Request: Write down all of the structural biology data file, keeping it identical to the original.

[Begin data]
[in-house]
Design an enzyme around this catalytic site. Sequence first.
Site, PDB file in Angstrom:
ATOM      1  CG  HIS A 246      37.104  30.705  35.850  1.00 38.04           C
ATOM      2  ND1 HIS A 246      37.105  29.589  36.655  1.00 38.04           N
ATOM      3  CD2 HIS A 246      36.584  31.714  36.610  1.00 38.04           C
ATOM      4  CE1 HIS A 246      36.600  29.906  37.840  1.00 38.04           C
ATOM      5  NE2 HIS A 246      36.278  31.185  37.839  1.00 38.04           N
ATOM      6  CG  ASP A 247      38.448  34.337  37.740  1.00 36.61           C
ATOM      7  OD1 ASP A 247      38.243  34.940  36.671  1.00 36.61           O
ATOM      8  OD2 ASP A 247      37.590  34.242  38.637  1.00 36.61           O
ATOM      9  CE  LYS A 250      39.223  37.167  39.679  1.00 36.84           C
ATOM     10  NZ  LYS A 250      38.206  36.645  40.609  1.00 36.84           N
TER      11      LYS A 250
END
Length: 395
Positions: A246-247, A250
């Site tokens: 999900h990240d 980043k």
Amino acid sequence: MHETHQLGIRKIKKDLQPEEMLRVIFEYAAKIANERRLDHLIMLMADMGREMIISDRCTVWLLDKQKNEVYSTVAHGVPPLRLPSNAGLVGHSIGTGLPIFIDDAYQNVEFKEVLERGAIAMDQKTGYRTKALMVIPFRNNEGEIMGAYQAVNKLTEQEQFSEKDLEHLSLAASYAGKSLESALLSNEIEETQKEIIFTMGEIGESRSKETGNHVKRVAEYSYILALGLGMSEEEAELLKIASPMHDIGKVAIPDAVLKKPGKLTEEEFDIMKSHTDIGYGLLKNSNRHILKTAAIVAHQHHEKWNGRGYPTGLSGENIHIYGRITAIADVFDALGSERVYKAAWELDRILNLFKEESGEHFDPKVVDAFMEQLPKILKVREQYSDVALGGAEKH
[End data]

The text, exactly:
[in-house]
Design an enzyme around this catalytic site. Sequence first.
Site, PDB file in Angstrom:
ATOM      1  CG  HIS A 246      37.104  30.705  35.850  1.00 38.04           C
ATOM      2  ND1 HIS A 246      37.105  29.589  36.655  1.00 38.04           N
ATOM      3  CD2 HIS A 246      36.584  31.714  36.610  1.00 38.04           C
ATOM      4  CE1 HIS A 246      36.600  29.906  37.840  1.00 38.04           C
ATOM      5  NE2 HIS A 246      36.278  31.185  37.839  1.00 38.04           N
ATOM      6  CG  ASP A 247      38.448  34.337  37.740  1.00 36.61           C
ATOM      7  OD1 ASP A 247      38.243  34.940  36.671  1.00 36.61           O
ATOM      8  OD2 ASP A 247      37.590  34.242  38.637  1.00 36.61           O
ATOM      9  CE  LYS A 250      39.223  37.167  39.679  1.00 36.84           C
ATOM     10  NZ  LYS A 250      38.206  36.645  40.609  1.00 36.84           N
TER      11      LYS A 250
END
Length: 395
Positions: A246-247, A250
């Site tokens: 999900h990240d 980043k």
Amino acid sequence: MHETHQLGIRKIKKDLQPEEMLRVIFEYAAKIANERRLDHLIMLMADMGREMIISDRCTVWLLDKQKNEVYSTVAHGVPPLRLPSNAGLVGHSIGTGLPIFIDDAYQNVEFKEVLERGAIAMDQKTGYRTKALMVIPFRNNEGEIMGAYQAVNKLTEQEQFSEKDLEHLSLAASYAGKSLESALLSNEIEETQKEIIFTMGEIGESRSKETGNHVKRVAEYSYILALGLGMSEEEAELLKIASPMHDIGKVAIPDAVLKKPGKLTEEEFDIMKSHTDIGYGLLKNSNRHILKTAAIVAHQHHEKWNGRGYPTGLSGENIHIYGRITAIADVFDALGSERVYKAAWELDRILNLFKEESGEHFDPKVVDAFMEQLPKILKVREQYSDVALGGAEKH